So, sufficiency. And what I believe is this – that rather than thinking of diet as being eating things that are ‘good for us’ it’s really a balance between getting enough of the stuff we need – whether it’s fat or salt or iodine or water – and avoiding too much of anything. Not enough vitamin C and you’ll get scurvy. Too much and you’ll probably get diarrhoea.
Remember the (pardon the pun) hugely entertaining film Super Size Me, in which the intrepid Morgan Spurlock ate nothing but McDonald’s for a month? Undoubtedly it was a brave thing to do – and unsurprisingly Spurlock’s health suffered. What would happen, though, if you confined yourself to, say, grapes for a month? My guess is that your body would go into some kind of ‘under attack’ mode and you’d lose weight – with a percentage ‘weight’ being muscle mass.
Spurlock’s premise is sound – that too much of one thing to the exclusion of all else is likely to have adverse consequences. What the film doesn’t do is look at occasional fast food consumption within the context of a balanced diet.
What’s in a well-known (some might even say ‘iconic’ fast food burger? This, according to MyFitnessPal:
490 calories, containing
… as well as 25% of your calcium, 11% of your iron and 3% of your vitamin C RDAs.
NHS Choices says I should eat ‘no more than 30g of saturated fat a day’. So that one iconic burger isn’t taking me above the limits, so long as I stay away from pies and fry-ups for the rest of the day. The sugars in the burger – 8g – amount to well under the daily NHS recommendation of 70g.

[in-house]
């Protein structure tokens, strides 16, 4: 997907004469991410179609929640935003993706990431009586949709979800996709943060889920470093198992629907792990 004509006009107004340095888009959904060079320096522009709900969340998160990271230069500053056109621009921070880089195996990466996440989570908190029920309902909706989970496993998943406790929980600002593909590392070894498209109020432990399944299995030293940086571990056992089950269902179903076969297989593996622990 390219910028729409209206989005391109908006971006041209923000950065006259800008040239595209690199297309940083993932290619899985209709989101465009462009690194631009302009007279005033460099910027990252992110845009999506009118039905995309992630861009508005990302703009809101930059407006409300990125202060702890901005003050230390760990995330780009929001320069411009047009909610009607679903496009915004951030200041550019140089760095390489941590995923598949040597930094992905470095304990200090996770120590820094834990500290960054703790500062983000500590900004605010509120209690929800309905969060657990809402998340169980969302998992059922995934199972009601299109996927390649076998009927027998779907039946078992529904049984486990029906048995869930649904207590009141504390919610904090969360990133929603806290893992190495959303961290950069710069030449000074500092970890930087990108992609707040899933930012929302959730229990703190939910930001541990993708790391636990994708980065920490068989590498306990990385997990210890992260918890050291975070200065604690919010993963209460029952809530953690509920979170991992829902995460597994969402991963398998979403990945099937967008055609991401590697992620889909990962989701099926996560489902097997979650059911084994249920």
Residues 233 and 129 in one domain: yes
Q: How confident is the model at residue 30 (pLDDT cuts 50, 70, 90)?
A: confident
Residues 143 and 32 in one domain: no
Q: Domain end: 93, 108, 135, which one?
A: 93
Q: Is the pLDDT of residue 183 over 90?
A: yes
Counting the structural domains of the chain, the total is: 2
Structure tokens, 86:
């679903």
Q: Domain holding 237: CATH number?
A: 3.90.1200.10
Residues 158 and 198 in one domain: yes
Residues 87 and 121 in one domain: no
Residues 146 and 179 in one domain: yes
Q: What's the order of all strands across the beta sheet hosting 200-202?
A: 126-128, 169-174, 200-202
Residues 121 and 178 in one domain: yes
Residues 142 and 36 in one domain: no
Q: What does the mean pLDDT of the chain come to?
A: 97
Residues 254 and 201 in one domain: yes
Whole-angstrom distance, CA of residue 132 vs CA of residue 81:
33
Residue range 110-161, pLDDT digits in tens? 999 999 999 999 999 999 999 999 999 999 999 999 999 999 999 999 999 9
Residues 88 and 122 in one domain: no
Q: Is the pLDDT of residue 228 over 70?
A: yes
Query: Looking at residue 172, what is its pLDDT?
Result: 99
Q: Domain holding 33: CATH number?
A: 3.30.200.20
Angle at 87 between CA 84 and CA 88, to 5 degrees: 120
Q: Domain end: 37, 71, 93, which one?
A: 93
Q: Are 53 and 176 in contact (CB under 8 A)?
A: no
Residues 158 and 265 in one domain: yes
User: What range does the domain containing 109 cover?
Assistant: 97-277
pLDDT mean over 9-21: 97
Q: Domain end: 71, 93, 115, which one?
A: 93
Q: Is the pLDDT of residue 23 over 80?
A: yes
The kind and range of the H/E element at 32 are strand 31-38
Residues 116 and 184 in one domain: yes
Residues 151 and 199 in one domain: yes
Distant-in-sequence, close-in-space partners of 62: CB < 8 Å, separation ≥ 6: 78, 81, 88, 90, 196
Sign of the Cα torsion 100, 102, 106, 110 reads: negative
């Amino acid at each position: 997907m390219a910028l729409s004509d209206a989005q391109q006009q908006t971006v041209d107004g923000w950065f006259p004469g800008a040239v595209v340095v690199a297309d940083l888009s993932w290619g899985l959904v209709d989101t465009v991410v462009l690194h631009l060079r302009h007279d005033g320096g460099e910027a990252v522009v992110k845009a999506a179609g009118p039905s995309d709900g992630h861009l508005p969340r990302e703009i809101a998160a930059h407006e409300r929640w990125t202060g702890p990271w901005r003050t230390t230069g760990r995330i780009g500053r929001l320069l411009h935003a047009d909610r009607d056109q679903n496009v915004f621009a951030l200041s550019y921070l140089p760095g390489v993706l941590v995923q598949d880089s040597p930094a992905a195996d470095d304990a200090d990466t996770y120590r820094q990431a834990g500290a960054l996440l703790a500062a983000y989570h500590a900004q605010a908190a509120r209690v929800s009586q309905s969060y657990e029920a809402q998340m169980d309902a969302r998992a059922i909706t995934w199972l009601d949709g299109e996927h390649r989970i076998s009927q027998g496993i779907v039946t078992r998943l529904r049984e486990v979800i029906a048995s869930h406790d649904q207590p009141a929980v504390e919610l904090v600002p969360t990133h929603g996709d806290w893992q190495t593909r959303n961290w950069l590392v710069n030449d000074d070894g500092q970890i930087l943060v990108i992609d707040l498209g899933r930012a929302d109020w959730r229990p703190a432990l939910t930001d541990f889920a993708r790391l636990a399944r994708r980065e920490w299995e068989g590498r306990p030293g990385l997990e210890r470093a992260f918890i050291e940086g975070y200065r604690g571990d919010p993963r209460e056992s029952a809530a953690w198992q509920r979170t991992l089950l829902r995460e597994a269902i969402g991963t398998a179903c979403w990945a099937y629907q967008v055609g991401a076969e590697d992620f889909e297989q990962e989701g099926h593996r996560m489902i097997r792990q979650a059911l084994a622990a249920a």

Now, imagine if you had a handy app that comprised of a series of bars going from zero to 100% for all the things we need to stay healthy. Protein, sugars, salt, and so on. Yes, iodine too. Imagine also the app going into degrees of warning territory for overconsumption.
It’s easy to see that the burger – packed with energy, also has a decent amount of protein, and is no stranger to fat – would, if consumed to the exclusion of all else, have the dial for fat pretty quickly nudging into ‘too much’ territory.
The ‘eat grapes for a month’ alternative? You’d be missing a shedload of protein, for a start. And getting trace amounts of fat. The net health result would be just as askew as Spurlock’s after a month.
I mentioned above that I eat what I like. And this is true. I’m about half a stone heavier than I’d like to be, so I watch what I eat – and the extra half stone never disappears – but, at the same time it doesn’t grow into more than that. What I do in terms of diet is fairly simple, really – nothing is ‘bad’ or off-limits. Even that burger – I’ll happily have one of them for lunch, once every two or three months. Maybe my being a half stone overweight has acted as a motivator for balanced eating, even if I’ve never quite found a way to shed the surplus seven pounds.
As Paracelsus said, it’s all about the dose. What harm is the occasional fry-up going to do? My guess is none – none at all. But the keyword here is ‘dose’. The rest of the time I’m making sure that my diet is balanced.
The title of this post mentions the good, the bad and the ugly. Good and bad are largely misused in common discussions about food in terms of what’s good or bad for us, as I’ve at least attempted to argue here. Ugly is the result when balance is lost. As Morgan Spurlock could no doubt tell you.